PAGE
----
Note from the Publisher: The Wall Street Journal is reporting that Goldman Sachs has exited from the R3CEV blockchain consortium as of October 31. Goldman was an original member of the consortium, which has really broken the whole blockchain industry wide open. According to R3’s website:
“R3 is a financial innovation firm that leads a consortium partnership with over 50 of the world’s leading financial institutions. We work together to design and deliver advanced distributed ledger technologies to the global financial markets.”
They list NYC and London as their main offices, but also have locations in Seoul, Shanghai, Singapore and Sydney. Member firms (now minus Goldman) still include such major players as Bank of America, JP Morgan and State Street.
Goldman Sachs has stated they will continue to pursue their own blockchain initiative internally. The firm has had an aggressive fintech push this past year, including the launch of Marcus – their new online lending platform, and the development of SETLcoin – a blockchain-based alt currency they’ve been working on for some time.
AND TODAY WE HAVE A SECOND PERSPECTIVE ON THIS STORY FROM OUR CEO……………..
Note from the CEO: Quitter. Yeah, Goldman is a quitter and pulling out of the R3 consortium. Oh wait, Goldman is going on its own now that it has learned about its partners (er, former partners) plans and, oh my, filed its own patents. WHO could be surprised they might do that? Hmmmm!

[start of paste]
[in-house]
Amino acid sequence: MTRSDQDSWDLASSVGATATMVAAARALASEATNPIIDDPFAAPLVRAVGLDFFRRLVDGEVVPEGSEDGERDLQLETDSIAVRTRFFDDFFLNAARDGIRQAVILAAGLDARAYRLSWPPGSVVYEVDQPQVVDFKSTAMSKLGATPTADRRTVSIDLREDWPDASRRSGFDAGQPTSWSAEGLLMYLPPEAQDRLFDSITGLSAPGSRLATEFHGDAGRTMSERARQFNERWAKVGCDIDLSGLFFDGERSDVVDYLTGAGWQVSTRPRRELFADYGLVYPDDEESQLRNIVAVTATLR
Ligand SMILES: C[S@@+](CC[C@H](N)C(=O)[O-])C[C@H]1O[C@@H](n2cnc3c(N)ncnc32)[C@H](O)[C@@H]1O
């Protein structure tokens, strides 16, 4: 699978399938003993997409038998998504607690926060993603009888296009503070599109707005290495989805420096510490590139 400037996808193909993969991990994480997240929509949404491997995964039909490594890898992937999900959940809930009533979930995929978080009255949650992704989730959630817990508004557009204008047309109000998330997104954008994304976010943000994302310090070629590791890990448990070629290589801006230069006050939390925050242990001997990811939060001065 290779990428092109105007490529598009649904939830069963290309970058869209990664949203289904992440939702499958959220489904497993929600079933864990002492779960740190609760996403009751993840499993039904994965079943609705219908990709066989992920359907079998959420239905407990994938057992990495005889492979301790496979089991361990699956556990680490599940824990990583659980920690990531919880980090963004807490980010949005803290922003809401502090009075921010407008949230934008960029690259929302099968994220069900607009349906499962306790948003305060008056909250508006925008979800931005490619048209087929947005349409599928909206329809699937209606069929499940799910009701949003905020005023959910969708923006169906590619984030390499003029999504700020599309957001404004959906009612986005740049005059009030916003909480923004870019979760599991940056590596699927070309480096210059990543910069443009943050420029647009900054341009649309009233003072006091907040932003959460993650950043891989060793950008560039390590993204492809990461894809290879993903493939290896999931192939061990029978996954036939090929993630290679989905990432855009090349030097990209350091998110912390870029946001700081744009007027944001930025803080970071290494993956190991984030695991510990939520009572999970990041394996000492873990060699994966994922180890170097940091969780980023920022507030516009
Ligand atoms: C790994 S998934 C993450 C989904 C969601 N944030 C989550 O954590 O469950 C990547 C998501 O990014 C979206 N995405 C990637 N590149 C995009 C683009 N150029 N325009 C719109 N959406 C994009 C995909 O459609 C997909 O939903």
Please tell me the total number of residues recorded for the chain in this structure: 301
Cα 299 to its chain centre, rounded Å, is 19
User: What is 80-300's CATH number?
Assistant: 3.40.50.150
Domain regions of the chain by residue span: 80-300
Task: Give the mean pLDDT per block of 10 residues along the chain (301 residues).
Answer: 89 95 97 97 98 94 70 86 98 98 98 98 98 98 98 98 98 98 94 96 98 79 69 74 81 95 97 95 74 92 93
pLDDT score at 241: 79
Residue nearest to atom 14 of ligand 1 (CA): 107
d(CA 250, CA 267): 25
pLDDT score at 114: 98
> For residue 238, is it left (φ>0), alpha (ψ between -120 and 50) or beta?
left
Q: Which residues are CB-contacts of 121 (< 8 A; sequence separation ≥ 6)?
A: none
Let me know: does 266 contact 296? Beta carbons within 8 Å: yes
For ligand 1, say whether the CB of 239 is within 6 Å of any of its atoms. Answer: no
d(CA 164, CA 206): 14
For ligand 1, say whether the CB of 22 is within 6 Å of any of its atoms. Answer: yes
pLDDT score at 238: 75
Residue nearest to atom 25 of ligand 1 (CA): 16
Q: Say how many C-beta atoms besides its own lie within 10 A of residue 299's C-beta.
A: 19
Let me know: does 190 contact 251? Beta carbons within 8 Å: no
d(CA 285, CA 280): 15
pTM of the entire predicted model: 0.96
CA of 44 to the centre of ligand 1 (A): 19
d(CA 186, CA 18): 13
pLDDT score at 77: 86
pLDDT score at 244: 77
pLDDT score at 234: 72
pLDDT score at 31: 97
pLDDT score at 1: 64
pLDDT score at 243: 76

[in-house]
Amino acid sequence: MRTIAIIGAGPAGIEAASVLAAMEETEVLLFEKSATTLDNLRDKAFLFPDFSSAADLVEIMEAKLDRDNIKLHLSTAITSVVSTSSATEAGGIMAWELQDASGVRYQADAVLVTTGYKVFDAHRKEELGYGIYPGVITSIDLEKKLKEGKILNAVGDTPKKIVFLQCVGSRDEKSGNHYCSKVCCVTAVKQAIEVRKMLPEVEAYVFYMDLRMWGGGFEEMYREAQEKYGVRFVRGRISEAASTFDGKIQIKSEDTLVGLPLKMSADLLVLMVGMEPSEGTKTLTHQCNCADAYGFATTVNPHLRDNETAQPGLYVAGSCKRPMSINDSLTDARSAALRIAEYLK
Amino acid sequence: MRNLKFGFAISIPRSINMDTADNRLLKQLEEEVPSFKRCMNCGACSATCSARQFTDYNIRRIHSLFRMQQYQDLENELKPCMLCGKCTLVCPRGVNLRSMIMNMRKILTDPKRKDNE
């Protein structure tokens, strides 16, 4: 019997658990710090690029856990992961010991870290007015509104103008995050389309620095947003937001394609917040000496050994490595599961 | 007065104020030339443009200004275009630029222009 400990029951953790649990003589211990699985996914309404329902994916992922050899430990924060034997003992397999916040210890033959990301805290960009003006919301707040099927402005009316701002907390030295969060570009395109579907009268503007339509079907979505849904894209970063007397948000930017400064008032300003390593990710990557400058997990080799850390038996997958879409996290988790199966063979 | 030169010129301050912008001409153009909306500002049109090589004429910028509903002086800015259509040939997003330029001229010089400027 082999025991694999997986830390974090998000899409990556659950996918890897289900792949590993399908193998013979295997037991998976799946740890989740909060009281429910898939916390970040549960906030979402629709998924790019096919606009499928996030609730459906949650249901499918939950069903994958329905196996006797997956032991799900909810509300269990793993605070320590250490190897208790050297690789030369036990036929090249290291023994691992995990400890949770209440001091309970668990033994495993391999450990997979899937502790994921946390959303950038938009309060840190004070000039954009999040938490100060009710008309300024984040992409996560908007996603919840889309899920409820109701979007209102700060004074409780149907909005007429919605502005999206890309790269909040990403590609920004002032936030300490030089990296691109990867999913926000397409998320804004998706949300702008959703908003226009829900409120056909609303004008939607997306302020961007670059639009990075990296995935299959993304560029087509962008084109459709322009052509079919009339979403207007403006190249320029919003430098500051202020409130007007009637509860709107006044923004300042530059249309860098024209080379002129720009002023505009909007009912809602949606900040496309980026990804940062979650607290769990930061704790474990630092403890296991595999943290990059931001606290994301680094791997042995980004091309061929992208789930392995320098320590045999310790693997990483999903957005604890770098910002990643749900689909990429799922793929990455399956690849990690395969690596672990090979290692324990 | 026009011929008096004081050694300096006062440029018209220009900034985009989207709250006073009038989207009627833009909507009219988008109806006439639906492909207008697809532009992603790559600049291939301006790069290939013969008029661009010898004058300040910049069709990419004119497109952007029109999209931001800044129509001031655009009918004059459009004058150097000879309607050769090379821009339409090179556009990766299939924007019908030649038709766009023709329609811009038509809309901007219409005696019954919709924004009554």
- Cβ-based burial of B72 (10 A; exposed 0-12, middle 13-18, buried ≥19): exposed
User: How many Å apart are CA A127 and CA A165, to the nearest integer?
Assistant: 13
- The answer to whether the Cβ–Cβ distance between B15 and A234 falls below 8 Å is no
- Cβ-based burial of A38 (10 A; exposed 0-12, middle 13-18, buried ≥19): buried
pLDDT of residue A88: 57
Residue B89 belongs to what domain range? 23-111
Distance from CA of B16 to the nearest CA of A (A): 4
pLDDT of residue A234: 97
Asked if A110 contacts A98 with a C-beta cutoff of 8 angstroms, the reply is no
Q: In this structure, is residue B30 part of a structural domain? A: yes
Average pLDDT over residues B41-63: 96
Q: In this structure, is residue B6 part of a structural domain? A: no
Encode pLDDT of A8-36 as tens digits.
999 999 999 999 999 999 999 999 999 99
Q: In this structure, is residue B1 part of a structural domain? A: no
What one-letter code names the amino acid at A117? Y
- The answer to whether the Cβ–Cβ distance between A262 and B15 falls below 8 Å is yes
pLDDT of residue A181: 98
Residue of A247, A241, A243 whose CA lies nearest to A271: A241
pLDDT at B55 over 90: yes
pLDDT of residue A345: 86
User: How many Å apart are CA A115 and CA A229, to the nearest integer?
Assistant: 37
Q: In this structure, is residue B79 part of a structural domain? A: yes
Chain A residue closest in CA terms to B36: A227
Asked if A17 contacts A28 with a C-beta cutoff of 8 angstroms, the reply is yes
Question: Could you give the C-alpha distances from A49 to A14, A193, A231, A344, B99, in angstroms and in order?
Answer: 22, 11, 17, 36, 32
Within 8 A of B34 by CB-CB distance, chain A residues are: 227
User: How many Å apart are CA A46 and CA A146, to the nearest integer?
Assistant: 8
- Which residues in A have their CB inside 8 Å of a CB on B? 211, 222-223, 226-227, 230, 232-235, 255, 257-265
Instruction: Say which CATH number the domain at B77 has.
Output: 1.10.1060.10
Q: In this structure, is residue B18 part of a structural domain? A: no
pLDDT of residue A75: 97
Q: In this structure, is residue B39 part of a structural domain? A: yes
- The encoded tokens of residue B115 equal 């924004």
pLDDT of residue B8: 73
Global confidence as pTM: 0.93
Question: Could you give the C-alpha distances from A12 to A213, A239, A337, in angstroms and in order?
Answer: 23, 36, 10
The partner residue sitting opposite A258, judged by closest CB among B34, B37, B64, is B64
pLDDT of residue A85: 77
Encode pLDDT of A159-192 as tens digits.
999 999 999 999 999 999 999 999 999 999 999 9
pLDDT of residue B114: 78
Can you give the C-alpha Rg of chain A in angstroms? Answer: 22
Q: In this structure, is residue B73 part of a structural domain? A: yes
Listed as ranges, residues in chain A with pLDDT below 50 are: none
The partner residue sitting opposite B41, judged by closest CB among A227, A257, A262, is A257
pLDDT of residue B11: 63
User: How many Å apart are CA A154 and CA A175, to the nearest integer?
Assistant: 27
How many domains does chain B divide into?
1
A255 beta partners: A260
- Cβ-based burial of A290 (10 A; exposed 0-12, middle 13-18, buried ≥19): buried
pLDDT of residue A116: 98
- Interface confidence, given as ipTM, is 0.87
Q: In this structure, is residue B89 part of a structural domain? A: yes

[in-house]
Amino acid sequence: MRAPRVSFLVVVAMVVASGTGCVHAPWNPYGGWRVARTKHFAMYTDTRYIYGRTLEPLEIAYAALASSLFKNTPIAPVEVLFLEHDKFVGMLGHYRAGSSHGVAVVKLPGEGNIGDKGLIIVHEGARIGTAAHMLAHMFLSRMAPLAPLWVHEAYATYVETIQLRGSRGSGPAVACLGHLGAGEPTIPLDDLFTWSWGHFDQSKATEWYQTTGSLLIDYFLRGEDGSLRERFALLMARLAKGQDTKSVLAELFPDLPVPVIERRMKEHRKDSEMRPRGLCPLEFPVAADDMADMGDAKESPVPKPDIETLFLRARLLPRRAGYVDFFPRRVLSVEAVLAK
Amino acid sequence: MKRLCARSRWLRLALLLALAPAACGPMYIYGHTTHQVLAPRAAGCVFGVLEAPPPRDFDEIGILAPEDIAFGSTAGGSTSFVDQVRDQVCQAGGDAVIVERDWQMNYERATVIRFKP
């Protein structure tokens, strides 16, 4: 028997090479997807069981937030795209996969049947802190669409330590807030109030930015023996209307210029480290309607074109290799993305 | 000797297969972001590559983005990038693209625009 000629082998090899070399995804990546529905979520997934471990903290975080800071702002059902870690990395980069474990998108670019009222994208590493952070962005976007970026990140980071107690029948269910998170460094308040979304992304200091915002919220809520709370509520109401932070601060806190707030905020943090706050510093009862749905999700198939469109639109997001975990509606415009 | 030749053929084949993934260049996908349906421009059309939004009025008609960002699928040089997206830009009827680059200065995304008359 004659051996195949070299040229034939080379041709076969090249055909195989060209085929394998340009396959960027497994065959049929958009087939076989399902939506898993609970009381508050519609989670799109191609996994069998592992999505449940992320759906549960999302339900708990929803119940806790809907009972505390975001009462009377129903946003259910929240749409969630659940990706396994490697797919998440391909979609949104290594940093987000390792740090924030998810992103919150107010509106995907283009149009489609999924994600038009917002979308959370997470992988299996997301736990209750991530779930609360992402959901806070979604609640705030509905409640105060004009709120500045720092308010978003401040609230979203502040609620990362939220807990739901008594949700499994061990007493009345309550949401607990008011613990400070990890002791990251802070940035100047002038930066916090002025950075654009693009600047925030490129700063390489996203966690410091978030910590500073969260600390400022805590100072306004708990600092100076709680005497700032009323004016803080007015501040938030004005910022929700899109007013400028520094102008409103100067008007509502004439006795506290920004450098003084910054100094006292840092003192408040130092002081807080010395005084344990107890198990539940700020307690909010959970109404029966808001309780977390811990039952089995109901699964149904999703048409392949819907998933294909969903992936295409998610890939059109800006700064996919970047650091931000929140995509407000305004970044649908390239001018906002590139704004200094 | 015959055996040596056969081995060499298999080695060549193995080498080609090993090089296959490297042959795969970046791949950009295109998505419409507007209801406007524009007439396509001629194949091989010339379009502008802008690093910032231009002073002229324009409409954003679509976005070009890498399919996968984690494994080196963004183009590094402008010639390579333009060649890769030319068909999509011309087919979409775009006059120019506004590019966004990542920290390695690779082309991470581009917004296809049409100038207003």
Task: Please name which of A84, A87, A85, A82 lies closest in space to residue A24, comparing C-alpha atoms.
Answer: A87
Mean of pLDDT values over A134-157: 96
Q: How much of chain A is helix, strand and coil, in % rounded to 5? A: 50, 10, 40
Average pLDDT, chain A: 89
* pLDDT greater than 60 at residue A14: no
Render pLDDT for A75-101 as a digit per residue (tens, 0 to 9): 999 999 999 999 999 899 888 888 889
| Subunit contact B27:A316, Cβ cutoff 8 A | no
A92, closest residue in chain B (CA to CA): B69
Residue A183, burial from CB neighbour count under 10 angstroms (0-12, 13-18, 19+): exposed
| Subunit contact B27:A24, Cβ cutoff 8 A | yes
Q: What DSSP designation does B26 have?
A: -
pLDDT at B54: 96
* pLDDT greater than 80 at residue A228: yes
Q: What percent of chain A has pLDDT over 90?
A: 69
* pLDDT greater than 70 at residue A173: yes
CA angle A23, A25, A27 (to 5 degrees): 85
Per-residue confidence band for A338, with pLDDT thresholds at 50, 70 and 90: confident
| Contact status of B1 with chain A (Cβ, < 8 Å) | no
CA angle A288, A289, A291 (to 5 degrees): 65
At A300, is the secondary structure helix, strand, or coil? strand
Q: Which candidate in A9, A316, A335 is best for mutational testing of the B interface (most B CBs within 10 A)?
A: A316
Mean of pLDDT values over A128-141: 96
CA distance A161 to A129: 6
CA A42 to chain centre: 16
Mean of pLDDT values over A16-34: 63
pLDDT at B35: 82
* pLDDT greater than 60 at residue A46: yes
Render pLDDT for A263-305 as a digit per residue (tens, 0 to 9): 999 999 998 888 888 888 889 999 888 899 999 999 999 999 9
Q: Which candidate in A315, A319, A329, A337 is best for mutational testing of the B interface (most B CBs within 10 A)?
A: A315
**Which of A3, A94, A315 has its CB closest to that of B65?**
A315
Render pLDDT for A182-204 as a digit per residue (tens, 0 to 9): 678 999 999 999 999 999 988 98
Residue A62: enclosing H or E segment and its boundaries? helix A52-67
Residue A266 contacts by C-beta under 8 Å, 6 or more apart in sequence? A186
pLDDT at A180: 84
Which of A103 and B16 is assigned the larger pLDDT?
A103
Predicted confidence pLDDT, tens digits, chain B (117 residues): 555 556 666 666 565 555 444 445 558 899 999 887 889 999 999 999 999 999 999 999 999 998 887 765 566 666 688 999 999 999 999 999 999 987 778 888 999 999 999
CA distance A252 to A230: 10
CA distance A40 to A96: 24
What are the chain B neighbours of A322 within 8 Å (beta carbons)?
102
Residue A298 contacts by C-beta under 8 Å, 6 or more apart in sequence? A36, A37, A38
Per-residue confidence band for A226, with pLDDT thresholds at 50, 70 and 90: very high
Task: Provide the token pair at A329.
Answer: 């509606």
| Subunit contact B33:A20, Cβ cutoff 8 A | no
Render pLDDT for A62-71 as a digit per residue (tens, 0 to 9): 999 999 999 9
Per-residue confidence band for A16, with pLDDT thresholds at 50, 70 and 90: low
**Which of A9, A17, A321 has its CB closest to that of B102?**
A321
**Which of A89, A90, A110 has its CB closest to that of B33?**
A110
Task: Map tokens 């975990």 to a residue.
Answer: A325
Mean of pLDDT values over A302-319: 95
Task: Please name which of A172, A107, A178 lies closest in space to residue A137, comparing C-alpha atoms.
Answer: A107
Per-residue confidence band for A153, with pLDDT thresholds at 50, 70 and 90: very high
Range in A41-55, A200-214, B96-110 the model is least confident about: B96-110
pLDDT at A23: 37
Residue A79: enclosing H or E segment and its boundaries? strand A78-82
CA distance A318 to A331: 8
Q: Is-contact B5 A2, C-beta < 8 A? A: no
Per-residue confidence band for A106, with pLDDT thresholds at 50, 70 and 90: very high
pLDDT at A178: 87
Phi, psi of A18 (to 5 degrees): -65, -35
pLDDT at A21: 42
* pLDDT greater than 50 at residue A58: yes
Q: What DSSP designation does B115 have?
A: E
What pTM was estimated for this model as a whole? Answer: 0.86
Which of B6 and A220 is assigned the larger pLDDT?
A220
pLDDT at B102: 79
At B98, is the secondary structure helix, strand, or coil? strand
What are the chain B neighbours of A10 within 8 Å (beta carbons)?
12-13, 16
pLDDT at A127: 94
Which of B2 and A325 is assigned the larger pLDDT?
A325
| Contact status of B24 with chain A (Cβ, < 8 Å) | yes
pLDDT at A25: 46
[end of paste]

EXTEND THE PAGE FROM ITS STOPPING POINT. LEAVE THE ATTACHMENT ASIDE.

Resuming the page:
The international Blockchain consortium R3 learned that Goldman Sachs has pulled out of the cooperative venture and will continue to pursue the technology on its own. Seems there was tension among the group’s partners that GS was kind of playing both sides of the street (gasp) and that made it hard to fully co-operate.
“Goldman Sachs Group Inc. has dropped out of the R3 CEV LLC blockchain group. The investment bank was one of nine original members of R3, founded in 2014 to explore the use of the distributed database technology in Wall Street infrastructure.
The technology, best known for underpinning the system that trades the virtual currency bitcoin, has garnered increasing attention as a way banks can save billions of dollars and make old-fashioned processes faster and more efficient.
But not all blockchain firms are the same, with different banks backing different ventures to exploit the technology. As of Oct. 31, Goldman let its membership lapse in R3, one of the higher profile efforts, but the firm will continue to work with blockchain technology, a spokeswoman for the investment bank said.”
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